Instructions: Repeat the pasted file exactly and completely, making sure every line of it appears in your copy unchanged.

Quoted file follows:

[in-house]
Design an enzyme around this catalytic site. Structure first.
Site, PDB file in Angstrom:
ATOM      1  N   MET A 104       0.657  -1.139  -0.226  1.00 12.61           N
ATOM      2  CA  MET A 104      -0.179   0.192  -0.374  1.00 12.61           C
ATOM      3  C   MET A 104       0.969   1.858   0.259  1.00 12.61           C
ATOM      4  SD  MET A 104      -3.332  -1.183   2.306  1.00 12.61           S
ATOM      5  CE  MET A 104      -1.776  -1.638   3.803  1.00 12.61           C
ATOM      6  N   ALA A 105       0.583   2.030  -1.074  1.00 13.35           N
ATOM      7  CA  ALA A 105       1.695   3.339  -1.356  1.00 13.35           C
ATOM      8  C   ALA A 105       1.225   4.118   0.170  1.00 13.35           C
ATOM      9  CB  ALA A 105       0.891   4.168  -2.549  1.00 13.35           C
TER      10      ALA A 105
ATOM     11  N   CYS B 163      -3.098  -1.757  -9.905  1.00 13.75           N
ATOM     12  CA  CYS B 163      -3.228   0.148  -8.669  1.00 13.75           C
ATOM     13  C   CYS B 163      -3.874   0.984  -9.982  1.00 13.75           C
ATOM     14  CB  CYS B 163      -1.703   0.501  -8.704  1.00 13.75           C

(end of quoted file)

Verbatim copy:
[in-house]
Design an enzyme around this catalytic site. Structure first.
Site, PDB file in Angstrom:
ATOM      1  N   MET A 104       0.657  -1.139  -0.226  1.00 12.61           N
ATOM      2  CA  MET A 104      -0.179   0.192  -0.374  1.00 12.61           C
ATOM      3  C   MET A 104       0.969   1.858   0.259  1.00 12.61           C
ATOM      4  SD  MET A 104      -3.332  -1.183   2.306  1.00 12.61           S
ATOM      5  CE  MET A 104      -1.776  -1.638   3.803  1.00 12.61           C
ATOM      6  N   ALA A 105       0.583   2.030  -1.074  1.00 13.35           N
ATOM      7  CA  ALA A 105       1.695   3.339  -1.356  1.00 13.35           C
ATOM      8  C   ALA A 105       1.225   4.118   0.170  1.00 13.35           C
ATOM      9  CB  ALA A 105       0.891   4.168  -2.549  1.00 13.35           C
TER      10      ALA A 105
ATOM     11  N   CYS B 163      -3.098  -1.757  -9.905  1.00 13.75           N
ATOM     12  CA  CYS B 163      -3.228   0.148  -8.669  1.00 13.75           C
ATOM     13  C   CYS B 163      -3.874   0.984  -9.982  1.00 13.75           C
ATOM     14  CB  CYS B 163      -1.703   0.501  -8.704  1.00 13.75           C